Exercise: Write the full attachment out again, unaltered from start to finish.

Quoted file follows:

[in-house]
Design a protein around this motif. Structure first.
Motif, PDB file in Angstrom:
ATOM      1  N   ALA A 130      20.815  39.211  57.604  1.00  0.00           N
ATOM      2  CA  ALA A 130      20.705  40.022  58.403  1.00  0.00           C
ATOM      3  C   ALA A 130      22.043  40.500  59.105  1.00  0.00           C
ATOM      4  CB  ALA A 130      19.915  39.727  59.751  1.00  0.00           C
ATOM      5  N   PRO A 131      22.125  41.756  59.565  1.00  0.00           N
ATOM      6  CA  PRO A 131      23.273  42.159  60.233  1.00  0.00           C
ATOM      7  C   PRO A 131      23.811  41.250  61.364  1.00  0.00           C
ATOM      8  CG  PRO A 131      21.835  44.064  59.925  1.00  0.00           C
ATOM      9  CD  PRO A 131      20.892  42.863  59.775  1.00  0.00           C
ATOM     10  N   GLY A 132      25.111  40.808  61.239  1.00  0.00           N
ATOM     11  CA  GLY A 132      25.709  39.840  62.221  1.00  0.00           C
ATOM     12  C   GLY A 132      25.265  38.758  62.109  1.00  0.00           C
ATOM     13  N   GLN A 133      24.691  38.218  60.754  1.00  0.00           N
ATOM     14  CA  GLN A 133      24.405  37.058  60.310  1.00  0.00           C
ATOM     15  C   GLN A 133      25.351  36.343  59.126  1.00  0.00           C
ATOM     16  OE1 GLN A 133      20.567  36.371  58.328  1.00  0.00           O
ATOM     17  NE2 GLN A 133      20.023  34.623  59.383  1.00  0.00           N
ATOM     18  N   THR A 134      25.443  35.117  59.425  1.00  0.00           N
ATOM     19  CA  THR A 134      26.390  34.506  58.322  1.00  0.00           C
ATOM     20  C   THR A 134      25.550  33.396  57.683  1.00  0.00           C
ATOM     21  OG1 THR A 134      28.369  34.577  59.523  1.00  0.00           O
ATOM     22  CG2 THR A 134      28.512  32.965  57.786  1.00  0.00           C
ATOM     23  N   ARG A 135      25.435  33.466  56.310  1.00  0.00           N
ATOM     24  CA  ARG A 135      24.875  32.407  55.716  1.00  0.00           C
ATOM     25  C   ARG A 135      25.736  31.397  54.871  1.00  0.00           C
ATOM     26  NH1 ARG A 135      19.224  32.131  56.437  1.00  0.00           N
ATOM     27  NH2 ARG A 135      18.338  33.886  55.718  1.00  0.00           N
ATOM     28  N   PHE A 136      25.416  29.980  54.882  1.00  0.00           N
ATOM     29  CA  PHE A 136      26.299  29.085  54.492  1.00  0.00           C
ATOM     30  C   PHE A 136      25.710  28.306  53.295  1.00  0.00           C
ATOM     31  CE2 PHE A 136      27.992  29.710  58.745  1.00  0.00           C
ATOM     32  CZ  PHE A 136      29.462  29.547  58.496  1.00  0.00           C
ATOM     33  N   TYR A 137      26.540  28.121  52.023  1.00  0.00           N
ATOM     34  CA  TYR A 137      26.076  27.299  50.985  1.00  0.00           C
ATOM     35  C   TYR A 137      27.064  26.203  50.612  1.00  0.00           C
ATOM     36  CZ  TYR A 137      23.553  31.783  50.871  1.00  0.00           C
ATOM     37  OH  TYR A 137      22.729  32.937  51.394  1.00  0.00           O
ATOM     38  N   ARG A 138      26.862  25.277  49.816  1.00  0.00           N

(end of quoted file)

[in-house]
Design a protein around this motif. Structure first.
Motif, PDB file in Angstrom:
ATOM      1  N   ALA A 130      20.815  39.211  57.604  1.00  0.00           N
ATOM      2  CA  ALA A 130      20.705  40.022  58.403  1.00  0.00           C
ATOM      3  C   ALA A 130      22.043  40.500  59.105  1.00  0.00           C
ATOM      4  CB  ALA A 130      19.915  39.727  59.751  1.00  0.00           C
ATOM      5  N   PRO A 131      22.125  41.756  59.565  1.00  0.00           N
ATOM      6  CA  PRO A 131      23.273  42.159  60.233  1.00  0.00           C
ATOM      7  C   PRO A 131      23.811  41.250  61.364  1.00  0.00           C
ATOM      8  CG  PRO A 131      21.835  44.064  59.925  1.00  0.00           C
ATOM      9  CD  PRO A 131      20.892  42.863  59.775  1.00  0.00           C
ATOM     10  N   GLY A 132      25.111  40.808  61.239  1.00  0.00           N
ATOM     11  CA  GLY A 132      25.709  39.840  62.221  1.00  0.00           C
ATOM     12  C   GLY A 132      25.265  38.758  62.109  1.00  0.00           C
ATOM     13  N   GLN A 133      24.691  38.218  60.754  1.00  0.00           N
ATOM     14  CA  GLN A 133      24.405  37.058  60.310  1.00  0.00           C
ATOM     15  C   GLN A 133      25.351  36.343  59.126  1.00  0.00           C
ATOM     16  OE1 GLN A 133      20.567  36.371  58.328  1.00  0.00           O
ATOM     17  NE2 GLN A 133      20.023  34.623  59.383  1.00  0.00           N
ATOM     18  N   THR A 134      25.443  35.117  59.425  1.00  0.00           N
ATOM     19  CA  THR A 134      26.390  34.506  58.322  1.00  0.00           C
ATOM     20  C   THR A 134      25.550  33.396  57.683  1.00  0.00           C
ATOM     21  OG1 THR A 134      28.369  34.577  59.523  1.00  0.00           O
ATOM     22  CG2 THR A 134      28.512  32.965  57.786  1.00  0.00           C
ATOM     23  N   ARG A 135      25.435  33.466  56.310  1.00  0.00           N
ATOM     24  CA  ARG A 135      24.875  32.407  55.716  1.00  0.00           C
ATOM     25  C   ARG A 135      25.736  31.397  54.871  1.00  0.00           C
ATOM     26  NH1 ARG A 135      19.224  32.131  56.437  1.00  0.00           N
ATOM     27  NH2 ARG A 135      18.338  33.886  55.718  1.00  0.00           N
ATOM     28  N   PHE A 136      25.416  29.980  54.882  1.00  0.00           N
ATOM     29  CA  PHE A 136      26.299  29.085  54.492  1.00  0.00           C
ATOM     30  C   PHE A 136      25.710  28.306  53.295  1.00  0.00           C
ATOM     31  CE2 PHE A 136      27.992  29.710  58.745  1.00  0.00           C
ATOM     32  CZ  PHE A 136      29.462  29.547  58.496  1.00  0.00           C
ATOM     33  N   TYR A 137      26.540  28.121  52.023  1.00  0.00           N
ATOM     34  CA  TYR A 137      26.076  27.299  50.985  1.00  0.00           C
ATOM     35  C   TYR A 137      27.064  26.203  50.612  1.00  0.00           C
ATOM     36  CZ  TYR A 137      23.553  31.783  50.871  1.00  0.00           C
ATOM     37  OH  TYR A 137      22.729  32.937  51.394  1.00  0.00           O
ATOM     38  N   ARG A 138      26.862  25.277  49.816  1.00  0.00           N